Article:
However, we consider the main challenge of our work to be the design of a visual programming tool for the StoryRoom. While we have prototypes running in the lab today, we are still refining and working towards software that is easy to use for children, yet inherently suitable for developing a story throughout a room. This software system must provide support for many augmented objects in a room. Another challenge is in developing the underlying software architecture that can support all kinds of events that could happen in StoryRoom. These events consist of both spatial and temporal information. Spatial processing of events is a concept that lacks previous attention. For example, LEGO Mindstorms does not have a way to program the robot concerning its location in space. However, it is easy to see example interactive stories that need to know the location of objects in the room.
We have developed idea cards, example stories, and example story themes as ways to encourage children to develop their own StoryRooms. The idea cards, are cards printed with the image of on object and words describing the object. The system stores information about each idea card that will be used later for authoring the story. The software also allows children to generate new idea cards using a printer. Example stories and story themes are simple adventures with instructions of how to make a StoryRoom based on them.
We have sensors (touch, proximity, heat and light sensors), wireless radio transceiver modules, actuators (motors, lights, speakers), in the “Story Kit”. Children, with the help of older friends can put together these to form an embedded computer. They can then augment physical objects in the room with these computers. For example, a child could make a talking stuffed animal by embedding it with a speaker, a touch sensor, and a wireless module. She could also build her own props using low-tech materials found in her home. Once she creates and/or selects her props, she could then attach the idea card to the prop, so that she knows what kind of object she has to build. She then could use a handheld computer to relate the prop with the corresponding idea card. From this point on, the system is aware of the prop and the types of activities it can perform. In our example, the system knows that the stuffed animal is capable of playing back sound, and being touched by the children. This information will later be used in the software to connect all elements of the story.
We foresee children will have more high-tech toys in near future. Toys that are already augmented with computing power, and can communicate to other devices. We envision children being able to incorporate their favorite toys in StoryRooms of their own. They will be also able to participate in stories with their friends and parents, share the stories with other children, and have the freedom to realize their make-believe worlds. We hope to focus on future enhancements that will enable users to share and participate in stories that occur in separate rooms.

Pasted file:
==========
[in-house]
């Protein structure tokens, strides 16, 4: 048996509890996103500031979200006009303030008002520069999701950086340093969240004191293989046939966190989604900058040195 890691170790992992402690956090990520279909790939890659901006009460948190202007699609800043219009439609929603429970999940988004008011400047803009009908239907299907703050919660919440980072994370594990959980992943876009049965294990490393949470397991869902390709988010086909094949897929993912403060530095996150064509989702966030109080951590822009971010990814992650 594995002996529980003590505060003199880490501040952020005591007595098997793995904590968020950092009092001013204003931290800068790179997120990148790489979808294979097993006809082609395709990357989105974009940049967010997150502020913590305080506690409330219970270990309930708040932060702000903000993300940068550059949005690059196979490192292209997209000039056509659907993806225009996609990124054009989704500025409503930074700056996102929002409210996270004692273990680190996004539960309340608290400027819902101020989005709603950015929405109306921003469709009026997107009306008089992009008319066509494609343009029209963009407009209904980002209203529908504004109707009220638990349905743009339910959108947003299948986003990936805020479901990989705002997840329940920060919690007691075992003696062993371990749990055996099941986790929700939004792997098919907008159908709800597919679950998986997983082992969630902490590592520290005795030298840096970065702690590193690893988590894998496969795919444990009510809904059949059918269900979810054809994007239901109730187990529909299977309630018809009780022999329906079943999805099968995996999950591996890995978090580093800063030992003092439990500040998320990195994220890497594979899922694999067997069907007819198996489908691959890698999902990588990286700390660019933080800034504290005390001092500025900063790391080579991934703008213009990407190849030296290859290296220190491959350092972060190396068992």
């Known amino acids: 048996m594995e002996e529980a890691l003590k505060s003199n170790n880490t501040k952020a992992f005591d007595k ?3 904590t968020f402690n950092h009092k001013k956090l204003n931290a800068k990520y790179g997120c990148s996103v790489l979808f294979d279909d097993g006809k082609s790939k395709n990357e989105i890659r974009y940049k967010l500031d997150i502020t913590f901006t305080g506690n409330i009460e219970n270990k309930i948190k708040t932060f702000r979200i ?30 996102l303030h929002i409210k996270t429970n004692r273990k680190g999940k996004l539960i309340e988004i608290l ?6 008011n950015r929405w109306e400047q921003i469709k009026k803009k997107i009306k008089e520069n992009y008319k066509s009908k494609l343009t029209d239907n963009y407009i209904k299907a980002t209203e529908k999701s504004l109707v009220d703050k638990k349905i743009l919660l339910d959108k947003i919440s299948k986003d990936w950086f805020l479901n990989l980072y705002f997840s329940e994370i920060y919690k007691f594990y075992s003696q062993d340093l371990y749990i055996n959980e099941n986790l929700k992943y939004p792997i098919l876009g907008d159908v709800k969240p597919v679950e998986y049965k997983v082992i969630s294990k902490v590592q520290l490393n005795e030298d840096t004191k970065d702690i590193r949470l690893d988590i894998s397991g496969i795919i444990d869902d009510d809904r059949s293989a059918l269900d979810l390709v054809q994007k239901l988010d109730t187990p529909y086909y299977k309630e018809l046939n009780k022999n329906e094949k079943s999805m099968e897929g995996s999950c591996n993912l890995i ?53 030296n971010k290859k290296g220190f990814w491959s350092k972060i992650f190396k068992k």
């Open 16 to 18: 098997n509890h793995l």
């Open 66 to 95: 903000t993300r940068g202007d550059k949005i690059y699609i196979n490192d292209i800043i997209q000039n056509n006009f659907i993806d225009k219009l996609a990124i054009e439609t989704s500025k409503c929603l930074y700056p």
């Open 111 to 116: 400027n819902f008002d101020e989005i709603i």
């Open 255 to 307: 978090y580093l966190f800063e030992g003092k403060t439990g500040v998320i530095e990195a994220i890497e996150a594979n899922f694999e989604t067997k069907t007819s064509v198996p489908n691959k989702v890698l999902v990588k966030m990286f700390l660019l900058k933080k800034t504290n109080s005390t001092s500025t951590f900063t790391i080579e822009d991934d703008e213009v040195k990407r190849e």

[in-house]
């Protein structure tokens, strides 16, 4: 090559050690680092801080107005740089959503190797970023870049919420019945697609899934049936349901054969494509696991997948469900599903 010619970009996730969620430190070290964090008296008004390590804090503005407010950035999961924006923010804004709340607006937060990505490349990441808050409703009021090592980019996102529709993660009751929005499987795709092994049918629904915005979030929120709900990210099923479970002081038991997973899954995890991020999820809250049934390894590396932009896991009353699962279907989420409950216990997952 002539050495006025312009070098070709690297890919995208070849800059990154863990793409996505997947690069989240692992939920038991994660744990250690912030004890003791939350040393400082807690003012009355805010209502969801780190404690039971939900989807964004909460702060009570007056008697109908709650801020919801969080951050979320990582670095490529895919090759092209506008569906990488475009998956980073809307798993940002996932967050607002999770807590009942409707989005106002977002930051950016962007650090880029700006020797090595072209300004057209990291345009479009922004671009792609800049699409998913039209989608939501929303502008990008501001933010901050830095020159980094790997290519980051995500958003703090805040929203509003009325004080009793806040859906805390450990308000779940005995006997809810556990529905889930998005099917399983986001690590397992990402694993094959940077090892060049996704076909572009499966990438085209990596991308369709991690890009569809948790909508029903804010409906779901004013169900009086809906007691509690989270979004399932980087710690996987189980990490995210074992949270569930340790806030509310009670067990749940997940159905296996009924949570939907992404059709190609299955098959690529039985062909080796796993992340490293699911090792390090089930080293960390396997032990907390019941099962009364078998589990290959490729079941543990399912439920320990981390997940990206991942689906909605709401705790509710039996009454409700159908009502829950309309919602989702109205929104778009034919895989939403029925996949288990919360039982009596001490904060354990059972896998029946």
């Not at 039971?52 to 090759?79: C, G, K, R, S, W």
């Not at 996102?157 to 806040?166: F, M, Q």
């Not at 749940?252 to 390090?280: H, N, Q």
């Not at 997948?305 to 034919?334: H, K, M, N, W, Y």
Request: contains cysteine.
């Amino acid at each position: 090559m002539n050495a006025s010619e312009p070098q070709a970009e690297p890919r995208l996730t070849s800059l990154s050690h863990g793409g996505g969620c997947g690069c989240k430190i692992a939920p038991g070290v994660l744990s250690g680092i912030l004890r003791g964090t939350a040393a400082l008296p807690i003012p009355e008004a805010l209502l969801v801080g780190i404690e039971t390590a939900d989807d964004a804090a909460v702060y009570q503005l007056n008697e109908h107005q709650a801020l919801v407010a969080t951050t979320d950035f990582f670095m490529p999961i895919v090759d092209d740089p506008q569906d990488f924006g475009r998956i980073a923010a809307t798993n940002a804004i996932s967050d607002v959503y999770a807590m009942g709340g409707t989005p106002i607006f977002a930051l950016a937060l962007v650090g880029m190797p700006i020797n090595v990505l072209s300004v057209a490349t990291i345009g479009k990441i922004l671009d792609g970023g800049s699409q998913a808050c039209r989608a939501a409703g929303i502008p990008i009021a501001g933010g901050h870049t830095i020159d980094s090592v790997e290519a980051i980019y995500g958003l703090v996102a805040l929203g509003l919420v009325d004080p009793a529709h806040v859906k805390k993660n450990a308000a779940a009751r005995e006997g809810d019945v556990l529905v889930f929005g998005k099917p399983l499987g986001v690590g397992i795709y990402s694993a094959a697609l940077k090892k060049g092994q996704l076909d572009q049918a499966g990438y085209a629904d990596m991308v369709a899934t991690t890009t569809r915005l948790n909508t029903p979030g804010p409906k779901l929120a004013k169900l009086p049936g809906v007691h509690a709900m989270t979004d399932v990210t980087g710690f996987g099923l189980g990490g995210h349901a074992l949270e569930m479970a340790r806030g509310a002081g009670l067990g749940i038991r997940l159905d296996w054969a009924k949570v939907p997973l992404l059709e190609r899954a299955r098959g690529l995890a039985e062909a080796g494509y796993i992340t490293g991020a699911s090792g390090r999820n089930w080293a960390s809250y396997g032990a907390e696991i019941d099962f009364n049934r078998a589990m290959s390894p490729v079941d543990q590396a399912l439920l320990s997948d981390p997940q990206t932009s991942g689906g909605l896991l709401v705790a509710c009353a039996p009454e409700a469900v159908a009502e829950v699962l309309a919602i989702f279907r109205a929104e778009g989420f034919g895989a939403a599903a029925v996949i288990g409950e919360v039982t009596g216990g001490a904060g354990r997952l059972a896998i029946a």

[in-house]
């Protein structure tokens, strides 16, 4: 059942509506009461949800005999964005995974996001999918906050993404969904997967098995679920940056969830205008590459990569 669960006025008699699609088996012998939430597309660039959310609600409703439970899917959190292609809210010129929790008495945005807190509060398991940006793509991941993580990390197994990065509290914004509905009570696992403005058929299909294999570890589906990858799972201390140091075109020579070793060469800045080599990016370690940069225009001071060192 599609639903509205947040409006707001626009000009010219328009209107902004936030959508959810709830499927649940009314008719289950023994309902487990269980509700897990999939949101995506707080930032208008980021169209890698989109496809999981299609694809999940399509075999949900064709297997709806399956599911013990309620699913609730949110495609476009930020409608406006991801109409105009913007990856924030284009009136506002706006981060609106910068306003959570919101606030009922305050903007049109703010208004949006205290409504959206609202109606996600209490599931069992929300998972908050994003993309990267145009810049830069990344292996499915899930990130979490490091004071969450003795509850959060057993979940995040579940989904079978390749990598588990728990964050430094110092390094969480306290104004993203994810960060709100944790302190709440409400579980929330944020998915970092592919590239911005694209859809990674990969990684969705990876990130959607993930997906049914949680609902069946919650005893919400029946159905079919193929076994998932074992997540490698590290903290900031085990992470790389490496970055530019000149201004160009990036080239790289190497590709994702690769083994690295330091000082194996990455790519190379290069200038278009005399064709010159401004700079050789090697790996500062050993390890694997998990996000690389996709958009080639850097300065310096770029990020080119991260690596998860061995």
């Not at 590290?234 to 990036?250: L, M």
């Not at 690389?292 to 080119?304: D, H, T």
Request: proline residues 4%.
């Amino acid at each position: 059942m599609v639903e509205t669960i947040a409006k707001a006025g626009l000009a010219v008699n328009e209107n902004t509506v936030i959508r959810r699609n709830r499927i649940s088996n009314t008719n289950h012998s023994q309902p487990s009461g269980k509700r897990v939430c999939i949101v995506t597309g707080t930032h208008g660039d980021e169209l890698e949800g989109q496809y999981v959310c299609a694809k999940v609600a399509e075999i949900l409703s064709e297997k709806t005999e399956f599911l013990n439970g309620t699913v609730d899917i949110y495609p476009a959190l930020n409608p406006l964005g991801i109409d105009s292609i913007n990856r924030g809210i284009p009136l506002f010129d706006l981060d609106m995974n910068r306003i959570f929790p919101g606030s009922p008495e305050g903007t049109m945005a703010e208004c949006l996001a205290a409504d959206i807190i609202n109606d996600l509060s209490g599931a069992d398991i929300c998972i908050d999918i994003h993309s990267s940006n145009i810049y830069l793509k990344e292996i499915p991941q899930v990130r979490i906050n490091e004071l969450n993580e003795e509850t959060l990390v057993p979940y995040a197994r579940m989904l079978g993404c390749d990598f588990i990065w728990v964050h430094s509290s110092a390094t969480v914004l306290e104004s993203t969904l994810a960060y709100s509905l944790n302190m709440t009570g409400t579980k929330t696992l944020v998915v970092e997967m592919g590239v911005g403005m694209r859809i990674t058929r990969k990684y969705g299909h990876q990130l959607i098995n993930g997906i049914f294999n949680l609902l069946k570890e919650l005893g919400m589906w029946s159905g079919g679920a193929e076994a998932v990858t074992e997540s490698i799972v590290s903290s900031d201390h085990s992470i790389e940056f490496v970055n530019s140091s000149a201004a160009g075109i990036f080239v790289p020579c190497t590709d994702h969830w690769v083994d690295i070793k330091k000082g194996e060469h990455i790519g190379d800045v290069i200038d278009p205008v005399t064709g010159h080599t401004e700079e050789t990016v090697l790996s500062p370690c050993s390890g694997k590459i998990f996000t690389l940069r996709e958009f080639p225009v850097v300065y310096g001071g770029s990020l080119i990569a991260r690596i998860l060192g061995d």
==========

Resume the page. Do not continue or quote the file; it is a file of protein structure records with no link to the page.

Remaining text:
Currently, a child can author a StoryRoom based on the props she has made. She can always change or add new props while authoring the story. This is accomplished by composing a series of comic strips. Each frame of the comic strip shows props in the room at their current location. The next frame in comic strip indicates all changes that happened in the story objects. For example, if a light is turned on in the next comic strip frame, the transition will make the light turn on in the room. The comic frames may have many transitions to other comic frames. The status of sensors in comic strips indicates the transition. For example in a typical opening frame of a story, a touch sensor is used to welcome the participant to the StoryRoom. So, the very first frame (#1) shows the touch sensor not activated and the next frame (#2) shows it activated. Now, suppose the story has two talking props that start talking to the participant when he gets close to them. For these props to begin talking, there are two frames (#3 and #4) representing props talking with transitions from frame #2. Each shows the participant close to one of the props. The system will then decide which of these frames to activate based on the position of the participant to any of these props. Both frames #3 and #4 contain a measure of closeness to the participant. It is also possible that none of the frames gets activated. A special clock object will enable users to activate certain frames based on the passage of time. In our example, let’s consider that a hint about the story should be given to the user if he does not get close to any of the props in 5 minutes. Adding the clock object to frame #2, and a hint frame (#5) allows the user to specify the time. The only requirement will be that the time on frame #5’s clock is 5 minutes after frame #2’s clock.
Navigating in the software through different parts of the story is supported by Jazz, a Java-based architecture, developed at the University of Maryland (http://www.cs.umd.edu/hcil/projects/jazz). To support more complex stories, the user can encapsulate different parts of the story and then zoom through encapsulations to see the details underlying them. This same zooming interface allows for setting up or controlling props. To navigate through different props in the room, the user simply uses the zooming interface to select them for inclusion in a frame. At the same time, by zooming on a prop of a frame, the user can change its various status or activities.
As we look to the future, we see two important areas for further work. The first is to continue to refine the StoryRoom technologies and user experiences. We know there is still a great deal more to understand in supporting children as authors of these environments. What additional tools do children need? What environments can they make? What impact can these environments have on children’s learning experiences? All are questions that we hope to answer with future empirical studies.
The second area we intend to focus on is our design process. We intend to continue our efforts in further refining and understanding the Cooperative Inquiry design process with children. With each research project we undertake, we continue to rethink what we do, how we do it, and ultimately this changes what we make for the future.
This work has been funded through the generous support of the European Union’s i3 Experimental School Environments initiative, DARPA, the Lilly-Center for Teaching Excellence Fellowship, and the Institute for Advanced Computer Studies. We would also like to thank our colleagues in the Human-Computer Interaction lab who continue to inspire and support us in numerous ways.